Lieberman Calls For Better Homeland Security Strategy

WASHINGTON – Citing a lack of accountability and focus in the current national homeland security strategy, Governmental Affairs Committee Ranking Member Joe Lieberman, D-Conn., Wednesday introduced legislation calling for a comprehensive new plan that identifies strategic goals, creates standards of accountability and outlines organizational roles and responsibilities.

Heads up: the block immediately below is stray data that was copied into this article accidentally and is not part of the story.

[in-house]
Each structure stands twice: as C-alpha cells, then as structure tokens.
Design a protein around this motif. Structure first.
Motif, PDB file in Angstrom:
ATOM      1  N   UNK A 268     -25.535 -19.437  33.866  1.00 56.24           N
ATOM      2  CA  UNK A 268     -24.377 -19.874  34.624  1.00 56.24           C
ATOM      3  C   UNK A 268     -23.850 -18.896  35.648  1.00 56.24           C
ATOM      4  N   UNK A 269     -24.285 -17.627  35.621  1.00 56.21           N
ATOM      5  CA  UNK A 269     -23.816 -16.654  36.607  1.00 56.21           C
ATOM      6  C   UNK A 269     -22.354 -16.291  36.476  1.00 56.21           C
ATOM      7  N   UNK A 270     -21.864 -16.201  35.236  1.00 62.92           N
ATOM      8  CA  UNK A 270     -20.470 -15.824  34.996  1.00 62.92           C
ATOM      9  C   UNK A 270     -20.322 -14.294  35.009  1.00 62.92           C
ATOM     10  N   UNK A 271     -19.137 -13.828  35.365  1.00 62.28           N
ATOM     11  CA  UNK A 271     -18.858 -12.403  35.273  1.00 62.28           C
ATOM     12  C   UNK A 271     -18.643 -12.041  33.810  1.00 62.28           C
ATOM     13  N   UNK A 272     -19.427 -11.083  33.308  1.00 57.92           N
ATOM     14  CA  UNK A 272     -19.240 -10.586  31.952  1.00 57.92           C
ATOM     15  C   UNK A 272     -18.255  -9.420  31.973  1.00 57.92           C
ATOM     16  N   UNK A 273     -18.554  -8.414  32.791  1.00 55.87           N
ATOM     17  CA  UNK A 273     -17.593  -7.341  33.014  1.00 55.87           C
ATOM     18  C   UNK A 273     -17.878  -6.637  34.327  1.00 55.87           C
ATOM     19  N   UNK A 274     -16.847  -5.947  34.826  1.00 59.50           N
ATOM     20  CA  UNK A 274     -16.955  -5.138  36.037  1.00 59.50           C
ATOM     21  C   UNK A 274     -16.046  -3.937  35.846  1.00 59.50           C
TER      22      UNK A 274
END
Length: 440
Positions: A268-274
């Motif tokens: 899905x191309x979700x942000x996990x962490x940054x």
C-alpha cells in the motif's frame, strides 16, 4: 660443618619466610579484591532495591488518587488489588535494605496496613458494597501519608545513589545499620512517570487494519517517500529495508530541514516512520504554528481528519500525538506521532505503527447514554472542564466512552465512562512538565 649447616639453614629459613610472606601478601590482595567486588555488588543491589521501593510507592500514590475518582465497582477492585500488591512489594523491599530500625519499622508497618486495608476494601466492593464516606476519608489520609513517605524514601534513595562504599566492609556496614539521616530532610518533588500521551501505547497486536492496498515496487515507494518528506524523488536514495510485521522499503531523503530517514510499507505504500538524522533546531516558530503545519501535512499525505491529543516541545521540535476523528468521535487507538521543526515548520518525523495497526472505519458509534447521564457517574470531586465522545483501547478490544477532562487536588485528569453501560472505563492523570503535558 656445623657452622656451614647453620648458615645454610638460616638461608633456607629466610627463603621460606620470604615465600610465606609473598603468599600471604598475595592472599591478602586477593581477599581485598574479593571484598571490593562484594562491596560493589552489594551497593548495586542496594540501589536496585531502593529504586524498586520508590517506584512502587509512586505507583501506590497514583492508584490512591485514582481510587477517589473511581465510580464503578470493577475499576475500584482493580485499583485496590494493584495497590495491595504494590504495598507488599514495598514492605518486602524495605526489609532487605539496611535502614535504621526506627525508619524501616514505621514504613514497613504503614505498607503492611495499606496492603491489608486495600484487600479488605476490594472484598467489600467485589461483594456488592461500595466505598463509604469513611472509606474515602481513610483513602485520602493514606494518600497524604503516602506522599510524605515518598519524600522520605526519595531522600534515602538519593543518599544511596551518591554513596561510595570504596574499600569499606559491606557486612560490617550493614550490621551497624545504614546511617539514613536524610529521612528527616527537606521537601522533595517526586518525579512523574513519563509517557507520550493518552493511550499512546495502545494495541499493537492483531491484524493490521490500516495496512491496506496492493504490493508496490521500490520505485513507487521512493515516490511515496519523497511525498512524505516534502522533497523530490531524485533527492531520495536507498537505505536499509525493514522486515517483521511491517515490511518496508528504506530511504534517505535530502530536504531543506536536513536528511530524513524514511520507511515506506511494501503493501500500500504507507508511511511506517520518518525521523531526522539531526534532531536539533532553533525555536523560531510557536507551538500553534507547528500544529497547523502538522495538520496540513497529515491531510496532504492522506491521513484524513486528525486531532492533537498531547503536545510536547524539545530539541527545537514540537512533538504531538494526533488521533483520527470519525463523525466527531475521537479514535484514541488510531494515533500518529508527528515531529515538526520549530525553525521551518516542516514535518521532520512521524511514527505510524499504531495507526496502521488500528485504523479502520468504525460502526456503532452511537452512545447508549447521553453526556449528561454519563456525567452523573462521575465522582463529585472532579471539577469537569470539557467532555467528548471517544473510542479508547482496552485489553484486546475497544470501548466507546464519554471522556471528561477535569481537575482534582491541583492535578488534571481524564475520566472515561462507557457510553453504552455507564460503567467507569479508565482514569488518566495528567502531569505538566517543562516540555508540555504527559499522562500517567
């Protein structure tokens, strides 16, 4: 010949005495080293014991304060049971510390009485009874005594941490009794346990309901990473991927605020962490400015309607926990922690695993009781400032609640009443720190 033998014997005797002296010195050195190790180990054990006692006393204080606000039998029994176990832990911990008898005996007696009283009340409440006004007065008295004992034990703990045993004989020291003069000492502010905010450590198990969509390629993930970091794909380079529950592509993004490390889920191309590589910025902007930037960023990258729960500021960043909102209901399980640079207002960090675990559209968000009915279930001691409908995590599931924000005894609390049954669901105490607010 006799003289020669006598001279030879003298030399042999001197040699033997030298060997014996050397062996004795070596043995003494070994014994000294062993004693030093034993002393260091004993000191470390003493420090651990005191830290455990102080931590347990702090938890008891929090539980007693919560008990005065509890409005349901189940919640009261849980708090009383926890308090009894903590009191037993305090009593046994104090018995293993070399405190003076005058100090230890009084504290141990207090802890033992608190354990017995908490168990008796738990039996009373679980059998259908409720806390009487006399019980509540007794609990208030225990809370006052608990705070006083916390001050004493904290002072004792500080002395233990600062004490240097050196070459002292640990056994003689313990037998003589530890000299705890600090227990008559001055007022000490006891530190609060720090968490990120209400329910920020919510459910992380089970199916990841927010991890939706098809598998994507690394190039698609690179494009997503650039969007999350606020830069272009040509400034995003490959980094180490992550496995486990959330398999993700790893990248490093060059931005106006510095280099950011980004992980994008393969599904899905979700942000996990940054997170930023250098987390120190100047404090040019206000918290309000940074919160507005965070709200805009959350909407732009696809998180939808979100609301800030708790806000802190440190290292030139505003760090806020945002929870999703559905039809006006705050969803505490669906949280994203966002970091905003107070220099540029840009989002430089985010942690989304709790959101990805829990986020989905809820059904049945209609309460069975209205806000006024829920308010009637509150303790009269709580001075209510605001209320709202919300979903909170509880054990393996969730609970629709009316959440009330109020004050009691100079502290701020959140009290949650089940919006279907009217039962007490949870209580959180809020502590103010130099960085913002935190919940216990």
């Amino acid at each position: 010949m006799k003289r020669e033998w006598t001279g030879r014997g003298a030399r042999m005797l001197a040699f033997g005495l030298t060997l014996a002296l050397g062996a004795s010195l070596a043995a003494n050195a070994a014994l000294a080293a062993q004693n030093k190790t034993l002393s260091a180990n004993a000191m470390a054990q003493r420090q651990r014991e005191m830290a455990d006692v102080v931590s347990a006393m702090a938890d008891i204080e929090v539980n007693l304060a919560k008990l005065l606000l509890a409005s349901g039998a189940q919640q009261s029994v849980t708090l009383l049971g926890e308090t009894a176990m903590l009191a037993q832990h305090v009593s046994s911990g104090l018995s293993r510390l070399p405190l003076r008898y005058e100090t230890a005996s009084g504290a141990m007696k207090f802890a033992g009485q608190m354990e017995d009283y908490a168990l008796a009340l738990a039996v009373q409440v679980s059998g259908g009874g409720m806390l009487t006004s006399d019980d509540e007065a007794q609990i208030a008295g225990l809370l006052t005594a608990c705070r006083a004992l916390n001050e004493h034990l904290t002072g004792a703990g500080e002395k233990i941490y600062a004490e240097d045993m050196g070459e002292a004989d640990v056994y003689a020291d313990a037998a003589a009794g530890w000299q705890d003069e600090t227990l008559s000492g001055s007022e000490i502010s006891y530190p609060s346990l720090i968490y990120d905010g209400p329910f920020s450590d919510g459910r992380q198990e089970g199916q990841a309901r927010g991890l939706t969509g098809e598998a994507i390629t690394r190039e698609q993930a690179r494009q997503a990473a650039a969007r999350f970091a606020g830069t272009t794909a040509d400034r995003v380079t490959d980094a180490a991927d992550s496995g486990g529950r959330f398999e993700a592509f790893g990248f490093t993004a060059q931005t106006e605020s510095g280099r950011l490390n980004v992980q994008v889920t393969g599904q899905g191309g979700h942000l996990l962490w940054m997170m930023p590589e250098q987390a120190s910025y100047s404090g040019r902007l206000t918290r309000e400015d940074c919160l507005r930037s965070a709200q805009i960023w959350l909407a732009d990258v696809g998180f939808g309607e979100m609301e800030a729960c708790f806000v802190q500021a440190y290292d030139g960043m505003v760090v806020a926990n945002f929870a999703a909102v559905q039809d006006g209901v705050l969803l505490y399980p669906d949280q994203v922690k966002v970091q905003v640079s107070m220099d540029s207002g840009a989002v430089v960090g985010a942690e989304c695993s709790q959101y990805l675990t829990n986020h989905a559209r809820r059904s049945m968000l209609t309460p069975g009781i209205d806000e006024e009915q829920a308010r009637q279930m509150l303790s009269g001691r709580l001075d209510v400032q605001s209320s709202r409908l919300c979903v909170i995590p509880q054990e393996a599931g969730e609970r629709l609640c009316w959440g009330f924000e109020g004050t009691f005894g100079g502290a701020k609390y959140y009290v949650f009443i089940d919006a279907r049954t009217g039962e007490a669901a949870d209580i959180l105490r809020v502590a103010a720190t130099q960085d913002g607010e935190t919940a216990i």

“When we created the Department of Homeland Security, we knew that in addition to creating a better organization we would need to lay out a clear roadmap to galvanize our homeland defenses—at all levels of government and the private sector,” Lieberman said. “This is what many of us called for and, regretfully, it is something this nation still sorely lacks.” Based on principles set forth in a February General Accounting Office report, the bill would require the strategy to include risk assessments and concrete milestones to help set priorities and measure progress. The well-regarded Gilmore Commission on terrorism has also called for a stronger homeland strategy with clearer priorities. The legislation also would require the strategy to address information sharing among all levels of government and the private sector, the ability of health care professionals to detect and respond to attacks, and hazard preparedness in the public and private sectors. The legislation also calls for an independent panel, the Homeland Security Commission, consisting of nine experts appointed to review the strategy and offer alternative perspectives and solutions. “This Commission can help ensure that we marshal all the best ideas to defend our homeland and do not fall into complacent, or narrow ways of thinking about the threats we face,” Lieberman said. “We know that terrorists are always adapting their strategies and techniques. We must do no less.” Other requirements include: clear definitions of organizational roles and responsibilities, including the proper roles of state, local, private, and international actors, as well as clarification of the relationship between the homeland security strategy and other federal strategies regarding terrorist threats. “As we face ongoing, and indeed heightened, threats of terrorist attacks on our homeland, we need not be intimidated, but we must be prepared, “Lieberman said. “ A new and more forceful national strategy will energize and organize our resources—at all levels of government and within the private sector—to meet this threat.”